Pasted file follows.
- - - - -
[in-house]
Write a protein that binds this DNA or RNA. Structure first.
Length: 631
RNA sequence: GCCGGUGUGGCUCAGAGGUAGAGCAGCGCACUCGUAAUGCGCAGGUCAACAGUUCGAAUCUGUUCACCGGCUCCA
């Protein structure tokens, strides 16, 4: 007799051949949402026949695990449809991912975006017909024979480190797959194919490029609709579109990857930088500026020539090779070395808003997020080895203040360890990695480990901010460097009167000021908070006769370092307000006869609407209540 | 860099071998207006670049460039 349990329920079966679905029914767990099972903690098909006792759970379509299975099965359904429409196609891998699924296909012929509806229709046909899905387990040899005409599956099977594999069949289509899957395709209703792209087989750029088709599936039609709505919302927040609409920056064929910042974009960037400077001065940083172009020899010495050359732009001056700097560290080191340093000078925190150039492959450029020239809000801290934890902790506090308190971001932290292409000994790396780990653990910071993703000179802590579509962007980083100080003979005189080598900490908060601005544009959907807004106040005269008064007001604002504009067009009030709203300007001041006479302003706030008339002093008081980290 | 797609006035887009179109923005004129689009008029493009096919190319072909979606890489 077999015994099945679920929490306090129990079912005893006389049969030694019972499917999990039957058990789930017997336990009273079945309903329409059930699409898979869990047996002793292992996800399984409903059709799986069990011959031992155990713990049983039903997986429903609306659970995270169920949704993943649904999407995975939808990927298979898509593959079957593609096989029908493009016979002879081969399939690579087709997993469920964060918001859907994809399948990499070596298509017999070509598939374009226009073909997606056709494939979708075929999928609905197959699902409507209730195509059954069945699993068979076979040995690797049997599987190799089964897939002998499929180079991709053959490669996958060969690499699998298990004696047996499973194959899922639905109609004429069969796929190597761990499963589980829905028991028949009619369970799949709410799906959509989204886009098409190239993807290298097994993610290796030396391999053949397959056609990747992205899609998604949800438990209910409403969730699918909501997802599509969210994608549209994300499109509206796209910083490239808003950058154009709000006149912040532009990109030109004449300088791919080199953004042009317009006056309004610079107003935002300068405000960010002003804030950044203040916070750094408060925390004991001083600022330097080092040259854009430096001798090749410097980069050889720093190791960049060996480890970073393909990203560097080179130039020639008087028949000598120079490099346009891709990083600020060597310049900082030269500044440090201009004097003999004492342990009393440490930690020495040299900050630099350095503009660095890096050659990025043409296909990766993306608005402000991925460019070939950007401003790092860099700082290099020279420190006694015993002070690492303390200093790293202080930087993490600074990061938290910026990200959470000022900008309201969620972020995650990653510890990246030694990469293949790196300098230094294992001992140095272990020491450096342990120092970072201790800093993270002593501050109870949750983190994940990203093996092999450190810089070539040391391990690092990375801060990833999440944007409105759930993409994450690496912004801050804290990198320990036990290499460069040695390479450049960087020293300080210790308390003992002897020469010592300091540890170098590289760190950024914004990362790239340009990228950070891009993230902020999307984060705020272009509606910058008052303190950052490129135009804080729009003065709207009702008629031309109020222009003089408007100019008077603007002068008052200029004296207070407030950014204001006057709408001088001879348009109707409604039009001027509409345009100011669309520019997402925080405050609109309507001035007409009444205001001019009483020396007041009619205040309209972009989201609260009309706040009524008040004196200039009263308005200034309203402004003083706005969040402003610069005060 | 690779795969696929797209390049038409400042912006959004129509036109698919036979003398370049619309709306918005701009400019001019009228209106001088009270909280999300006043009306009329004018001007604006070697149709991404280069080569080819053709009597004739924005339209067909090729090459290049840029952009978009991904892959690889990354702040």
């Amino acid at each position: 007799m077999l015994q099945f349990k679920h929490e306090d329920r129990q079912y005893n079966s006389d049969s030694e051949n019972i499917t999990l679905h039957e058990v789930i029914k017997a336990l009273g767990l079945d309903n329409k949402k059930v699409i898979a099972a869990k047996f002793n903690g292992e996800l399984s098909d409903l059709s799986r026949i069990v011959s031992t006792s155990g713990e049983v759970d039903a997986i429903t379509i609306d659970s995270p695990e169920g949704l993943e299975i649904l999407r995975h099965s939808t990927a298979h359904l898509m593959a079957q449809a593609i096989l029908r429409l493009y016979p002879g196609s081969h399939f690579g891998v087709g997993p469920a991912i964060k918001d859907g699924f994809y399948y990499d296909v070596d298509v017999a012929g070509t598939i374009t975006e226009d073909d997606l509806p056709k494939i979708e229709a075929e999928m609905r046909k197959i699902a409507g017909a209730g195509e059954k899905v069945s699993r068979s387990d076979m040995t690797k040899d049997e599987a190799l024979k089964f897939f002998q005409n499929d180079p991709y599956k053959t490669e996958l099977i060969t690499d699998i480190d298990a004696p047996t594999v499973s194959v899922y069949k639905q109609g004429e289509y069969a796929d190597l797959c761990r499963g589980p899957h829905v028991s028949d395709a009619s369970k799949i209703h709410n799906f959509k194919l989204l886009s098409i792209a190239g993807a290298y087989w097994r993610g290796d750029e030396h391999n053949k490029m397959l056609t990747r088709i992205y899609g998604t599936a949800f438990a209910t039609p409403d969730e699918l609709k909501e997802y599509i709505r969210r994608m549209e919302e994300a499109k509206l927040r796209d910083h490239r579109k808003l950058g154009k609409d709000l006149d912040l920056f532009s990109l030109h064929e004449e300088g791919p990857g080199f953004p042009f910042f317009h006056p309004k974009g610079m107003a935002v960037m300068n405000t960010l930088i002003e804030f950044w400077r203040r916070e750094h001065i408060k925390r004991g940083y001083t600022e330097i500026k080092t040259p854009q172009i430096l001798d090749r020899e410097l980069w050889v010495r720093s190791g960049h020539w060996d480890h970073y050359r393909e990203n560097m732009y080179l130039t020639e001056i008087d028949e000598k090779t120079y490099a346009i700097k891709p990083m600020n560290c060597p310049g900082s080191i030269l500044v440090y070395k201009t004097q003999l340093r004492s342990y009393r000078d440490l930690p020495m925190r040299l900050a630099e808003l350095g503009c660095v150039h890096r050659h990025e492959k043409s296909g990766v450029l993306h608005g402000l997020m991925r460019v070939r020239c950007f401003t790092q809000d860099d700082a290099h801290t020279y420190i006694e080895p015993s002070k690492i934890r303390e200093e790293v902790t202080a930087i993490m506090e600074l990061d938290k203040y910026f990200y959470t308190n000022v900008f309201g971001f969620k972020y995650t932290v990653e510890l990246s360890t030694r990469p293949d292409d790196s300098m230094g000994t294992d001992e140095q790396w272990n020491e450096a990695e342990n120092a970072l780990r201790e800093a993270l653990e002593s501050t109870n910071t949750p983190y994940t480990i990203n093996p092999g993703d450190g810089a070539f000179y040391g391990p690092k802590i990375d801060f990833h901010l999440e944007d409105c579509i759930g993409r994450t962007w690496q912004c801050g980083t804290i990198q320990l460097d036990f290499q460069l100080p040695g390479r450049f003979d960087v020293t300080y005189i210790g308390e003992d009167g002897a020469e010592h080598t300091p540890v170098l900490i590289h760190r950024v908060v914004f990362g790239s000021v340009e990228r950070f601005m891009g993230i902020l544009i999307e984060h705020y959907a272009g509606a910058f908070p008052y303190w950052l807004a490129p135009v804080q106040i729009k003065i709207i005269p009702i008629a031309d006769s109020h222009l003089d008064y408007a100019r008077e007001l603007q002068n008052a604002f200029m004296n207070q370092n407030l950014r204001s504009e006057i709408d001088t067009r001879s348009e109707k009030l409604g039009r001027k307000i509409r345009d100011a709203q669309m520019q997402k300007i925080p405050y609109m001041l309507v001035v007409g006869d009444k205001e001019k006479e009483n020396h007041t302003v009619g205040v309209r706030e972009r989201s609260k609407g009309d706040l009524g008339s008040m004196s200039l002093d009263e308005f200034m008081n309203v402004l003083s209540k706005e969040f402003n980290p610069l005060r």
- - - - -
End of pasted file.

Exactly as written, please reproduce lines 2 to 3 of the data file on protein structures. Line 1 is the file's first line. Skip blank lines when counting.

Write a protein that binds this DNA or RNA. Structure first.
Length: 631